Jillian’s step-daughter, Kara, whom Jillian hasn’t seen her since her husband died over a year agoshows up unexpectedly. Kara is a journalist and gets involved in trying to solve the mystery. This adds conflict and suspense to the story. Of course, Jillian’s three cats, each with a very different but very cat-like personality, are around to help find clues. If you are an animal lover and enjoy the antics of cats along with a good mystery you will want to read this book.

—Helen Jones

FTC Full Disclosure - book provided by the publisher

Sunday, May 09, 2010

The Bride Collector by Ted Dekker (Center Street)

This is a story full of “I can’t put it down” suspense. A serial killer is killing beautiful women is a very creepy way, leaving all the bodies on display with a bridal veil. FBI agent, Brad Raines is always a step behind the killer. He seeks help from four residents of a center for the gifted and mentally ill. At times the dialog between the residents is distracting but worth the effort to get through it. Raines becomes attracted to one of the residents, Paradise, who struggles with psychosis. The killer is psychotic with super intelligence. It becomes a very dangerous game between Raines, Paradise, and the killer. This is not a book to read when you are alone on a dark and stormy night! If you like really scary thrillers this is the book for you.

—Helen Jones

FTC Full Disclosure - book provided by the publisher

Monday, May 03, 2010

Guest Blogger Elizabeth Lynn Casey

Am I or Am I Not Like My Protagonist?

If you’d asked me five days ago whether the main character in my Southern Sewing Circle mystery series was anything like me, I’d have said no. After all, Tori Sinclair is a twenty-something librarian who loves to sew. And while I must confess to an occasional fantasy regarding the first part, I opted to follow a different career path while simultaneously managing to avoid anything that even slightly resembles a needle and thread…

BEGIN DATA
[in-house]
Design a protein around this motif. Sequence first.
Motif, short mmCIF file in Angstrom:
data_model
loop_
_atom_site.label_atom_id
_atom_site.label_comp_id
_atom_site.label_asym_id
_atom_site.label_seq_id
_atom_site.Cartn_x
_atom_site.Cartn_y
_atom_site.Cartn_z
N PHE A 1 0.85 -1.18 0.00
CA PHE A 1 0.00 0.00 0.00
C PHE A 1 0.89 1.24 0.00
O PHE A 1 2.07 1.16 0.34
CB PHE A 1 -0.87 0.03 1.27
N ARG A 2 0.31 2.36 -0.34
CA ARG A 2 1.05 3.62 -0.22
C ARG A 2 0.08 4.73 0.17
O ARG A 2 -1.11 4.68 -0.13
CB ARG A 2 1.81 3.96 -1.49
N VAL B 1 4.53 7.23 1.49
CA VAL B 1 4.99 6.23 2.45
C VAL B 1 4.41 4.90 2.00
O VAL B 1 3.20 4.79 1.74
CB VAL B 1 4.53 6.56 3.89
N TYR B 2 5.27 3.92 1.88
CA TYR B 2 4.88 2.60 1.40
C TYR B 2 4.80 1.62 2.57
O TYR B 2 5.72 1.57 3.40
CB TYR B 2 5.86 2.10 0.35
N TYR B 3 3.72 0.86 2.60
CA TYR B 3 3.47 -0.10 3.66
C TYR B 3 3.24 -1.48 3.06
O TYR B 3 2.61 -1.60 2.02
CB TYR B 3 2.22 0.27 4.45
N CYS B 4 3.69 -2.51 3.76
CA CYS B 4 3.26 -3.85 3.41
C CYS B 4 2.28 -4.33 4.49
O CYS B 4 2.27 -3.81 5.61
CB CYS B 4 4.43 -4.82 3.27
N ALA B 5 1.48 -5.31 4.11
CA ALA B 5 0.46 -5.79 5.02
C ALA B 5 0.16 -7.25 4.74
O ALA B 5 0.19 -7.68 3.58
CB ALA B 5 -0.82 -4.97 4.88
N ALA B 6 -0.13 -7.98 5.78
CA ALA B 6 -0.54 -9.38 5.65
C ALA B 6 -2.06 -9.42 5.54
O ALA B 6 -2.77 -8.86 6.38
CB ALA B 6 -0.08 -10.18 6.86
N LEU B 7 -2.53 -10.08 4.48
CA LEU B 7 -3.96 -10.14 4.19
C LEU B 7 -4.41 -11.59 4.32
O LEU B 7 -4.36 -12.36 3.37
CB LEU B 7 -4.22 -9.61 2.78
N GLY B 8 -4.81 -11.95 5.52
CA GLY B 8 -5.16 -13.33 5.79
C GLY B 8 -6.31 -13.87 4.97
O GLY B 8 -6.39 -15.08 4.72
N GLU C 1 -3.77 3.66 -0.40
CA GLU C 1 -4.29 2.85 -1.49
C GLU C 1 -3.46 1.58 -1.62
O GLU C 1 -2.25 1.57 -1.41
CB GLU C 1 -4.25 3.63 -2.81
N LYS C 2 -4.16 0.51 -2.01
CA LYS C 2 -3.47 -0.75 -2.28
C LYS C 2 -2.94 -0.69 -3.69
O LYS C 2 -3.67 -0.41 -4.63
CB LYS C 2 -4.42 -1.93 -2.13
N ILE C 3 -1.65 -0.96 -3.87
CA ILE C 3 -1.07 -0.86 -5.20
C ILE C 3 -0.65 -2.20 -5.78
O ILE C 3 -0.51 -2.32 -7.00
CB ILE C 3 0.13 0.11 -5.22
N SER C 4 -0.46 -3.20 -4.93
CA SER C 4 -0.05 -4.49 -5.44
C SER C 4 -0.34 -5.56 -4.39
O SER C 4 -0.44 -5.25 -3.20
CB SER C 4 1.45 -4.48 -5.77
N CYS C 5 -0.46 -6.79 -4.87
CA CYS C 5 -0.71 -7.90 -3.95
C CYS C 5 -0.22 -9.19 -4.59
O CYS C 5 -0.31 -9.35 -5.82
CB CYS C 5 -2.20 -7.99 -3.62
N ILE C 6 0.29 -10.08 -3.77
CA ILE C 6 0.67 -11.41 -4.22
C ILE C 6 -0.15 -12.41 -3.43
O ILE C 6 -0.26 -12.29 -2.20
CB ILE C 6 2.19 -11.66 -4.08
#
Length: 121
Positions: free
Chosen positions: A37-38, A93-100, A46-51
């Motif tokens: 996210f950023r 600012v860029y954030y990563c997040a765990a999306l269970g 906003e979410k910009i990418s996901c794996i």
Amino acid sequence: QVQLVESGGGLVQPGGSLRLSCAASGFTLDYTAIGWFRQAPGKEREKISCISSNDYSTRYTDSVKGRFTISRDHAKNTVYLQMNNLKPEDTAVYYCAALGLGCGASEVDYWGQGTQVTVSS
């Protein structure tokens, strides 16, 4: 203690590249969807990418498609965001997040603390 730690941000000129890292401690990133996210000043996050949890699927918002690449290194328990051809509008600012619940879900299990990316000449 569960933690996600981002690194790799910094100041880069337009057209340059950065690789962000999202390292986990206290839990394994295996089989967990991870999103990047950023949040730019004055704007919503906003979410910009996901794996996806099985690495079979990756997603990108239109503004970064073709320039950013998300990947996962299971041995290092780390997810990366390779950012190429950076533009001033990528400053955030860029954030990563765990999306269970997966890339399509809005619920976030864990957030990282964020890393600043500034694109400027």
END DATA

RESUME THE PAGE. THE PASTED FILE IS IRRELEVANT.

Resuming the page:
See? We’re nothing alike.

Or are we?

Just this past weekend I had the opportunity to attend Malice Domestic 22 in Arlington, Virginia where I spent three glorious days catching up with friends. Some of those friends were fellow writers and some were fellow readers. But regardless of which camp they inhabit, they’re friends I’ve made because of mysteries…

Would I have crossed paths with Jan K. from Chicago if it weren’t for our shared love of the genre? Probably not.

Would I have spent hours plotting and giggling with Hannah Dennison and Clare Langley Hawthorne if we’d pursued a different career? Probably not.

Would Dru Ann Love have thought I was nuts for practically hopping up and down as I waited for Mary Higgins Clark to sign my book if she, too, didn’t love books and the people who write them? Probably.

But here’s the thing. Jan and I did cross paths…and I did laugh away an entire afternoon with Clare and Hannah…and Dru did get it…

Because we have a common passion that binds us together in a way that wouldn’t have happened without the glue that—for all of us—is mysteries.

The same holds true for Tori.

Would Tori have been able to fill the costume trunk in the Sweet Briar Public Library’s new children’s room as quickly as she did if it weren't for Rose Winters and Margaret Louise Davis? Probably not.

Would Tori have found herself an unwilling accessory in a bunny-napping if it weren't for Leona Elkin’s newfound kleptomaniac tendencies? Probably not.

Would she have been by Debbie Calhoun’s side when the woman walked into her home and found her husband missing…and his blood all over the house? Probably not.

Yet she did and she was…

Because of a common glue that brought them together. And no matter what the glue may be (bunko, books, sewing, golf, coffee, etc), one thing is certain. When it sticks, it sticks.

I, for one, wouldn’t have it any other way.

And neither would Tori.

Elizabeth Lynn Casey is the national best selling author of the Southern Sewing Circle Mystery Series with Berkley Prime Crime. Sew Deadly—the first in the series—debuted last August. Death Threads—the second in the series—releases in bookstores nationwide today.

To learn more, visit her website.